When I was a kid growing up in Co. Dublin, I was obsessed with the Japanese show Monkey Magic which shares the same mythological source material as this book. Emmet at age five just saw it as an entertaining program and used to swing from the bicycle railings outside of school singing the theme song. So I am familiar, albeit in a distant fashion, with some of the fantastical elements Yang employs in American Born Chinese. I also, however, grew up an outsider, bullied in school, not able to fit in and reading this book brought all of that back to me.

I love how Yang links these autobiographical elements of growing up in America with the more supernatural and religious aspects of the story, representing an overall metaphor for the cultural differences thrown up before a young Chinese boy. The story is also wickedly funny, quite sweet at times and well paced.

This is an excellent book, well told by a confident and imaginative story-teller. Fantastic.

Right, now I’m off to geek it up.

Hey kids. Do you remember this!? Ah. Spider-Man and His Amazing Friends. I used to love that show. Now maybe you would think I wanted to take after Spider-Man. After all, he is the star. Or how about Iceman? But no, my favourite character was always Firestar. Not because I wanted to be a girl or anything…..let’s start again – fire powers are cool!

So I was always curious about her character. Imagine my surprise when I eventually started to read Marvel comics and discovered not only was she not ‘friends’, with Spider-Man – she did not even exist in comics before the show. Eventually she got shoved into the X-Men almost as an afterthought, but I don’t think my child self ever got over that disillusionment (cos…y’know…fire powers….cool!).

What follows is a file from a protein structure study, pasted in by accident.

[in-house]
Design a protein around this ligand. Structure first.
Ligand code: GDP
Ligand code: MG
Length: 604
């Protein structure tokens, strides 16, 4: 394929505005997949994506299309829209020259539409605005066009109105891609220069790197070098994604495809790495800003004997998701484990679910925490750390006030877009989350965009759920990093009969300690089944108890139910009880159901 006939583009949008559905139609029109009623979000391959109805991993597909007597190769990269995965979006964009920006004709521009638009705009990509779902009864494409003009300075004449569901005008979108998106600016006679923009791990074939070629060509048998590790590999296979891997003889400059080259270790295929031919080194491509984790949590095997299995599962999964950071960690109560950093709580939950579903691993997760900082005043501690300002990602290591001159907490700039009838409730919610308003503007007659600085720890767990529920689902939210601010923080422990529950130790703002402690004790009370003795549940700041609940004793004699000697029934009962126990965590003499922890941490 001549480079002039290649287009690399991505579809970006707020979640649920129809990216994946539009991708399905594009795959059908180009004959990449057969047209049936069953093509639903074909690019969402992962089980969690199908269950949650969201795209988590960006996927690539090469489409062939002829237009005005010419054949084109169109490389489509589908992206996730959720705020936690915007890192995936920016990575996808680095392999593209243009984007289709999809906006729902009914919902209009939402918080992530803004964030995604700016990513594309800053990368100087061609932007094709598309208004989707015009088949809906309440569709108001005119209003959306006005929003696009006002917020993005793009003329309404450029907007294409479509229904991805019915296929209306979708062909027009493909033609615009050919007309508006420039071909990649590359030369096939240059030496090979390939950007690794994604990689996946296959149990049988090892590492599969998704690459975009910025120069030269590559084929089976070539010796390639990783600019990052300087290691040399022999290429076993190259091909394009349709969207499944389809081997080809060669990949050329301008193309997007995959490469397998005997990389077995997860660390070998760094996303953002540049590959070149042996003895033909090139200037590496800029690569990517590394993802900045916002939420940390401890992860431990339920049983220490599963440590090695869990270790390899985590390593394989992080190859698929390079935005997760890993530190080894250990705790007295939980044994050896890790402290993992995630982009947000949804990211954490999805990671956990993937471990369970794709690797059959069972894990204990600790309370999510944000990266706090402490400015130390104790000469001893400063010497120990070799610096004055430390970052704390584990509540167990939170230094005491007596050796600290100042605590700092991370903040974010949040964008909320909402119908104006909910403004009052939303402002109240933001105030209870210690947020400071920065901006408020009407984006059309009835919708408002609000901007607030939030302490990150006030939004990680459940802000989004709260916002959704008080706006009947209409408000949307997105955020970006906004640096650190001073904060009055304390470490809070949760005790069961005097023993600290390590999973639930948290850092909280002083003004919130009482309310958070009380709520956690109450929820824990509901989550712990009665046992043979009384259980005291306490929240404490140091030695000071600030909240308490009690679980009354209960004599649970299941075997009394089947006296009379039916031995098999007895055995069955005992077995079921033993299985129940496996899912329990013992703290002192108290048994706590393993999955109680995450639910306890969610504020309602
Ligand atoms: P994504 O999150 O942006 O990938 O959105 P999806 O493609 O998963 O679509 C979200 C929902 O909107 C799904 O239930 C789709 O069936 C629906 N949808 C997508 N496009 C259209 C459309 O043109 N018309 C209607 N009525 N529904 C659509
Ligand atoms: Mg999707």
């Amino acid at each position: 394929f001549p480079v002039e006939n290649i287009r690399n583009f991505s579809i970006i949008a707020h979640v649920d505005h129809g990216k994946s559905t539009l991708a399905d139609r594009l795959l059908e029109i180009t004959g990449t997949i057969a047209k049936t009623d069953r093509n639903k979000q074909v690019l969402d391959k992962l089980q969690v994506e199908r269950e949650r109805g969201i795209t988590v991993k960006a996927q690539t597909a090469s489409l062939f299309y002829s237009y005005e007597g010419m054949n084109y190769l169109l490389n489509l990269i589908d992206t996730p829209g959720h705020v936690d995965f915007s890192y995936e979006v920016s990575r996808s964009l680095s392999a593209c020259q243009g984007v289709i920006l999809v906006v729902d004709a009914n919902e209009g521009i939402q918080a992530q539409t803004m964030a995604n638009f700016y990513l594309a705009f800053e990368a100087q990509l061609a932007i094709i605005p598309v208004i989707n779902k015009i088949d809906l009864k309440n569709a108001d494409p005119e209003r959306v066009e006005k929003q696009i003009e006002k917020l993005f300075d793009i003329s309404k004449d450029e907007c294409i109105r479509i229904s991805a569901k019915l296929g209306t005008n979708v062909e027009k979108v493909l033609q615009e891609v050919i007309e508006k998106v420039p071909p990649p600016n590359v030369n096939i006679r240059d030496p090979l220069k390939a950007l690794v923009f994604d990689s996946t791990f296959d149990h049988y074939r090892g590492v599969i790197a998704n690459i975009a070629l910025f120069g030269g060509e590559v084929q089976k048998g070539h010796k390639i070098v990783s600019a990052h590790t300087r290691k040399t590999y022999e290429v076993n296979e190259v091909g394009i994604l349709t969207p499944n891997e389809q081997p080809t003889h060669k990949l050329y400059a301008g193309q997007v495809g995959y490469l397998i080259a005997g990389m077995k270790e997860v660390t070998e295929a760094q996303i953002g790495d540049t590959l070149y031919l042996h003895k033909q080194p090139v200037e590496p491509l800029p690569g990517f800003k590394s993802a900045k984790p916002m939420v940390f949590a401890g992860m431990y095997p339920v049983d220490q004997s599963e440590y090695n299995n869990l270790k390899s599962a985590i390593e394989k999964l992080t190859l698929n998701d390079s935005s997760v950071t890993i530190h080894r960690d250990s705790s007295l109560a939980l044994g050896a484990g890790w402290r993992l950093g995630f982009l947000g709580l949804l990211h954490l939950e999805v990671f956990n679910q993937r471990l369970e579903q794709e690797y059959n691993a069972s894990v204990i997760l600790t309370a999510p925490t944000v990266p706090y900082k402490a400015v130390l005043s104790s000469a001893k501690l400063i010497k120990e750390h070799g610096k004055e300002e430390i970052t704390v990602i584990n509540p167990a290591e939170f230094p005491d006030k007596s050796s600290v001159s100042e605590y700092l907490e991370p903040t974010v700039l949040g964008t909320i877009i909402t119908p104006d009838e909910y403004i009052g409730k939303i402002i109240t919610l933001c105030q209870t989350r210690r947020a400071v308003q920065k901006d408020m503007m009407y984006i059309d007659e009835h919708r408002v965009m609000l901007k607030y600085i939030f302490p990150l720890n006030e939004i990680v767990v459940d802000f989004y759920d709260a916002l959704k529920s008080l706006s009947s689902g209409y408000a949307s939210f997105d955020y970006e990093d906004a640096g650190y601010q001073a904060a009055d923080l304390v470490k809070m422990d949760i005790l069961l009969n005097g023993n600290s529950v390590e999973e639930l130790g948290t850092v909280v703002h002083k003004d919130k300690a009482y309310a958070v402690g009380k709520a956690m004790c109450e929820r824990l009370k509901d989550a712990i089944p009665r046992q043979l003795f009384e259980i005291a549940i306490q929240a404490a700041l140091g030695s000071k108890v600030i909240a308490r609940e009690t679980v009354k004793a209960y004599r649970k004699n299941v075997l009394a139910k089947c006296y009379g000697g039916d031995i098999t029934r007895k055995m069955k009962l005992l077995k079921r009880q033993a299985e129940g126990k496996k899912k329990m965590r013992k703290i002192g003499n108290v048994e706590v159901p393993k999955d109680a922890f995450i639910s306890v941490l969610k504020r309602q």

This book is not all about my girl Firestar. In fact it is a ‘non-team’, comic, focusing on several random young superheroes who have all been somewhat forgotten. First off there is Gravity, one of Sean McKeever‘s own creations, a nominally cheerful young hero, who has begun to question the legitimacy of arrested superpowered criminals, as they only just escape to wreck havoc again. Then there’s Araña, recently depowered and so unknown most people call her Spider-Girl. Nomad is a girl from an alternate world where she was a highly trained sidekick to the most famous superhero on her Earth – here she is no one. What’s worse she had a friend on this other Earth named Benito Serrano, who has his own counterpart in her new home. Though he takes the same superhero name, Toro, and has the same abilities, he has no idea who she is. What’s more only Araña is capable of speaking Spanish with him (at one point Gravity mutters regretfully that he took German in school).